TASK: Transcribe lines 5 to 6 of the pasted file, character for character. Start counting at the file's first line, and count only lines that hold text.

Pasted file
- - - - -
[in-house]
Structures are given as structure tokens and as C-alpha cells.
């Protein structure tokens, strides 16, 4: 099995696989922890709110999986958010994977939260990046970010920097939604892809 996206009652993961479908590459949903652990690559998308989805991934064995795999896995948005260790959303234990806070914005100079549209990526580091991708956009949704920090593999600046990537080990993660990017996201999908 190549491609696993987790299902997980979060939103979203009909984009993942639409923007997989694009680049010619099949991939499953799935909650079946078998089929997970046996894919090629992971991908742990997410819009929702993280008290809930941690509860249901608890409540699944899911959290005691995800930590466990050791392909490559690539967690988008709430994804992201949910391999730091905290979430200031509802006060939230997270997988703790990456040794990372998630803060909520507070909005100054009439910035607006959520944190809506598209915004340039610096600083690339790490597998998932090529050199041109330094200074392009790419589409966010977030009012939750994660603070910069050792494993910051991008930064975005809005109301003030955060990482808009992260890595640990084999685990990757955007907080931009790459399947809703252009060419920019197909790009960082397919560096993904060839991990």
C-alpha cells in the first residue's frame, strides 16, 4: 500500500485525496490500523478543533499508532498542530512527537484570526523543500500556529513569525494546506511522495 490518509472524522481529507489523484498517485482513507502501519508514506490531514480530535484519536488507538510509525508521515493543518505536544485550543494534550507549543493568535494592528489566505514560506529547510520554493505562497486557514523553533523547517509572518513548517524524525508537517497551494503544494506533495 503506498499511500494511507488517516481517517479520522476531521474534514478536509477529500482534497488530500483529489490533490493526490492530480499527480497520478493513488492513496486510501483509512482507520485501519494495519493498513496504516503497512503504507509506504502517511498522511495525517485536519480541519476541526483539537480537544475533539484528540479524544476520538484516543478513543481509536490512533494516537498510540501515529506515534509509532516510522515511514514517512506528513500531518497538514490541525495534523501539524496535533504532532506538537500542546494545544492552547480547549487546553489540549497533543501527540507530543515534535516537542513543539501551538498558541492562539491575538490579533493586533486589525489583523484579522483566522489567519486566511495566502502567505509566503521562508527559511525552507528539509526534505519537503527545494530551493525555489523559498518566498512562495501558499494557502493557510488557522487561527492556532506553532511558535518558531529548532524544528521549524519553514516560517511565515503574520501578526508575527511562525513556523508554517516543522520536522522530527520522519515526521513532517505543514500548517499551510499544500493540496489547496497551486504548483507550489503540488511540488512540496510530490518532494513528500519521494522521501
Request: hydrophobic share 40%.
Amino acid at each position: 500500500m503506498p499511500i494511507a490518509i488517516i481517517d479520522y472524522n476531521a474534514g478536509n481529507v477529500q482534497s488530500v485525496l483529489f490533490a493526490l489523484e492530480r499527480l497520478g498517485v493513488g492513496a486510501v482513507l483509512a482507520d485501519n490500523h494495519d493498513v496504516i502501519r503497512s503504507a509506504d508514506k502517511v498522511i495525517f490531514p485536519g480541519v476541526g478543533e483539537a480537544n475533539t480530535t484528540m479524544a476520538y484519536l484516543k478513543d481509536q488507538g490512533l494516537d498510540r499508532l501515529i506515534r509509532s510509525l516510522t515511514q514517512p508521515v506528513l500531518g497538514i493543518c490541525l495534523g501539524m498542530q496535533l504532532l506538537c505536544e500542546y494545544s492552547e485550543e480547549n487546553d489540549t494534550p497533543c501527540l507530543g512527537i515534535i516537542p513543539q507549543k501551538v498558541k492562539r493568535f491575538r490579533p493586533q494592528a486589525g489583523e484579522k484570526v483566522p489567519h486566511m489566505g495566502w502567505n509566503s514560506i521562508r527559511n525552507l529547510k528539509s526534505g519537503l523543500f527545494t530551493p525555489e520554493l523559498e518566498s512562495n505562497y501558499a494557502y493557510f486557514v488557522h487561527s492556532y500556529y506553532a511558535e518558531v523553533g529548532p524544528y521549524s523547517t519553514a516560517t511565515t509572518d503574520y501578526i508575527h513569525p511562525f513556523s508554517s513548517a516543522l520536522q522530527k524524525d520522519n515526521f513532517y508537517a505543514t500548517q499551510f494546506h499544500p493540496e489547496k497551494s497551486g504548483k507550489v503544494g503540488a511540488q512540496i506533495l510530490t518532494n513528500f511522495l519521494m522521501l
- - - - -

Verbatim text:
Request: hydrophobic share 40%.
Amino acid at each position: 500500500m503506498p499511500i494511507a490518509i488517516i481517517d479520522y472524522n476531521a474534514g478536509n481529507v477529500q482534497s488530500v485525496l483529489f490533490a493526490l489523484e492530480r499527480l497520478g498517485v493513488g492513496a486510501v482513507l483509512a482507520d485501519n490500523h494495519d493498513v496504516i502501519r503497512s503504507a509506504d508514506k502517511v498522511i495525517f490531514p485536519g480541519v476541526g478543533e483539537a480537544n475533539t480530535t484528540m479524544a476520538y484519536l484516543k478513543d481509536q488507538g490512533l494516537d498510540r499508532l501515529i506515534r509509532s510509525l516510522t515511514q514517512p508521515v506528513l500531518g497538514i493543518c490541525l495534523g501539524m498542530q496535533l504532532l506538537c505536544e500542546y494545544s492552547e485550543e480547549n487546553d489540549t494534550p497533543c501527540l507530543g512527537i515534535i516537542p513543539q507549543k501551538v498558541k492562539r493568535f491575538r490579533p493586533q494592528a486589525g489583523e484579522k484570526v483566522p489567519h486566511m489566505g495566502w502567505n509566503s514560506i521562508r527559511n525552507l529547510k528539509s526534505g519537503l523543500f527545494t530551493p525555489e520554493l523559498e518566498s512562495n505562497y501558499a494557502y493557510f486557514v488557522h487561527s492556532y500556529y506553532a511558535e518558531v523553533g529548532p524544528y521549524s523547517t519553514a516560517t511565515t509572518d503574520y501578526i508575527h513569525p511562525f513556523s508554517s513548517a516543522l520536522q522530527k524524525d520522519n515526521f513532517y508537517a505543514t500548517q499551510f494546506h499544500p493540496e489547496k497551494s497551486g504548483k507550489v503544494g503540488a511540488q512540496i506533495l510530490t518532494n513528500f511522495l519521494m522521501l